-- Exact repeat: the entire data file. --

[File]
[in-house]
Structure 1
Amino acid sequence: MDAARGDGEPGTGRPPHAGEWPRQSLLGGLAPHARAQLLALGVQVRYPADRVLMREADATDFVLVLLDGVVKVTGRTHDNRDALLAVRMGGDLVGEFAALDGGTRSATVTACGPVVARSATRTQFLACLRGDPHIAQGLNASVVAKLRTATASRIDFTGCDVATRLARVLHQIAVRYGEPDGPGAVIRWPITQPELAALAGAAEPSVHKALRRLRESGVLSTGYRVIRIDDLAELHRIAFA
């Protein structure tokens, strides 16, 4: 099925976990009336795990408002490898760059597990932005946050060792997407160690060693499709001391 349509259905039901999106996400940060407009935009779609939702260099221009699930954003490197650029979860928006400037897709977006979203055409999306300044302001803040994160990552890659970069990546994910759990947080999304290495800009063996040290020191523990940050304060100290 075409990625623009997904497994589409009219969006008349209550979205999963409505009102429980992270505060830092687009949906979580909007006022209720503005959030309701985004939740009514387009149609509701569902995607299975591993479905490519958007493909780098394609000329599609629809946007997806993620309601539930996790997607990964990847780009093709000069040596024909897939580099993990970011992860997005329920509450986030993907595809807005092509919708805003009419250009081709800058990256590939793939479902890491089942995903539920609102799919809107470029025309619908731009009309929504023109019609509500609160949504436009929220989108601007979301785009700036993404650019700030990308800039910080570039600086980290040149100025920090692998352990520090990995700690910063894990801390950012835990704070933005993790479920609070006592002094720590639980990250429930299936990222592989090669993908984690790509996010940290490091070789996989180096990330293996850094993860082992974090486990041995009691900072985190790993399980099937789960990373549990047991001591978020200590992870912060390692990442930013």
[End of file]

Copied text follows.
[in-house]
Structure 1
Amino acid sequence: MDAARGDGEPGTGRPPHAGEWPRQSLLGGLAPHARAQLLALGVQVRYPADRVLMREADATDFVLVLLDGVVKVTGRTHDNRDALLAVRMGGDLVGEFAALDGGTRSATVTACGPVVARSATRTQFLACLRGDPHIAQGLNASVVAKLRTATASRIDFTGCDVATRLARVLHQIAVRYGEPDGPGAVIRWPITQPELAALAGAAEPSVHKALRRLRESGVLSTGYRVIRIDDLAELHRIAFA
């Protein structure tokens, strides 16, 4: 099925976990009336795990408002490898760059597990932005946050060792997407160690060693499709001391 349509259905039901999106996400940060407009935009779609939702260099221009699930954003490197650029979860928006400037897709977006979203055409999306300044302001803040994160990552890659970069990546994910759990947080999304290495800009063996040290020191523990940050304060100290 075409990625623009997904497994589409009219969006008349209550979205999963409505009102429980992270505060830092687009949906979580909007006022209720503005959030309701985004939740009514387009149609509701569902995607299975591993479905490519958007493909780098394609000329599609629809946007997806993620309601539930996790997607990964990847780009093709000069040596024909897939580099993990970011992860997005329920509450986030993907595809807005092509919708805003009419250009081709800058990256590939793939479902890491089942995903539920609102799919809107470029025309619908731009009309929504023109019609509500609160949504436009929220989108601007979301785009700036993404650019700030990308800039910080570039600086980290040149100025920090692998352990520090990995700690910063894990801390950012835990704070933005993790479920609070006592002094720590639980990250429930299936990222592989090669993908984690790509996010940290490091070789996989180096990330293996850094993860082992974090486990041995009691900072985190790993399980099937789960990373549990047991001591978020200590992870912060390692990442930013």